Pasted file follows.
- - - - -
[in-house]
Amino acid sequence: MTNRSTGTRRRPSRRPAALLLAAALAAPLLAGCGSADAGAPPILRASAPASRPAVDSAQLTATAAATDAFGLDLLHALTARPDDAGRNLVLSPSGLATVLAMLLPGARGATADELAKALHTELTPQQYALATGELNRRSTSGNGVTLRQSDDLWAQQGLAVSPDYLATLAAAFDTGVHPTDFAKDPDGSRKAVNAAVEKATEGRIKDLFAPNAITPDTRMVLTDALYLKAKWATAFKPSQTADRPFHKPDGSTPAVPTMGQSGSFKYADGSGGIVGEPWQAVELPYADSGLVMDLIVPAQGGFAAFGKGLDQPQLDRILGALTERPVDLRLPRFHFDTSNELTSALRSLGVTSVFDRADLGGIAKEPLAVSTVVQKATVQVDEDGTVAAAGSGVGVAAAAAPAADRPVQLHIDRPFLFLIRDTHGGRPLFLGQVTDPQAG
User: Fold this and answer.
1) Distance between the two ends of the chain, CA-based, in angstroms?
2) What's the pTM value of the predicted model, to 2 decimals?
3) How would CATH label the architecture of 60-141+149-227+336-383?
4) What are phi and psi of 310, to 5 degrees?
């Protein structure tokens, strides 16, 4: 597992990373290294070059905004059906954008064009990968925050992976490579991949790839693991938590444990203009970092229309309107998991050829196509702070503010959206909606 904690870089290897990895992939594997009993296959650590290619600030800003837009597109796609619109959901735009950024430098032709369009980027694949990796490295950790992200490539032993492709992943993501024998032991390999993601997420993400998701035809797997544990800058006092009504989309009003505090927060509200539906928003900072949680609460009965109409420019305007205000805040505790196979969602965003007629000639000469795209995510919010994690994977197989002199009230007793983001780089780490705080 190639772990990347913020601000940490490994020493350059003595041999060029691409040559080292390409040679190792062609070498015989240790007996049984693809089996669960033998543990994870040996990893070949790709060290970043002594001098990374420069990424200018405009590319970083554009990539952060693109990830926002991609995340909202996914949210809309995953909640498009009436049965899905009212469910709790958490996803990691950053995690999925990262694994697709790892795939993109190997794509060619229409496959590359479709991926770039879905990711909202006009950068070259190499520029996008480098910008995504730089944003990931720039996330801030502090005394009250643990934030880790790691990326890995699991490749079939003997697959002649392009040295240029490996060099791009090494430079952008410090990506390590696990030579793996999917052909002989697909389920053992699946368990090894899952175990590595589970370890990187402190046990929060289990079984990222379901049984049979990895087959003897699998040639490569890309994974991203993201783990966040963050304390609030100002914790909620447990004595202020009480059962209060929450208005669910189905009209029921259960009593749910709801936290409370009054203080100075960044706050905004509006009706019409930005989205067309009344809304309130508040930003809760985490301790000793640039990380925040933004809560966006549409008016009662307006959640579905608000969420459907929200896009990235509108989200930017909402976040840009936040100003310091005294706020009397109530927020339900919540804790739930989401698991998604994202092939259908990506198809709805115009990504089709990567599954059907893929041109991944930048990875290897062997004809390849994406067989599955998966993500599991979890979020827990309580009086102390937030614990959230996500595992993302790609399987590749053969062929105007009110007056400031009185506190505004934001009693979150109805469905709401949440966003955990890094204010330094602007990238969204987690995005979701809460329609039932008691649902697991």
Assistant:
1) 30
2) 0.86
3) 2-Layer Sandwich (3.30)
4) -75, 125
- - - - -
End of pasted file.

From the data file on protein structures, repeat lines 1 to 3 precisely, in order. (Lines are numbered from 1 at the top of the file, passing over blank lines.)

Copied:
[in-house]
Amino acid sequence: MTNRSTGTRRRPSRRPAALLLAAALAAPLLAGCGSADAGAPPILRASAPASRPAVDSAQLTATAAATDAFGLDLLHALTARPDDAGRNLVLSPSGLATVLAMLLPGARGATADELAKALHTELTPQQYALATGELNRRSTSGNGVTLRQSDDLWAQQGLAVSPDYLATLAAAFDTGVHPTDFAKDPDGSRKAVNAAVEKATEGRIKDLFAPNAITPDTRMVLTDALYLKAKWATAFKPSQTADRPFHKPDGSTPAVPTMGQSGSFKYADGSGGIVGEPWQAVELPYADSGLVMDLIVPAQGGFAAFGKGLDQPQLDRILGALTERPVDLRLPRFHFDTSNELTSALRSLGVTSVFDRADLGGIAKEPLAVSTVVQKATVQVDEDGTVAAAGSGVGVAAAAAPAADRPVQLHIDRPFLFLIRDTHGGRPLFLGQVTDPQAG
User: Fold this and answer.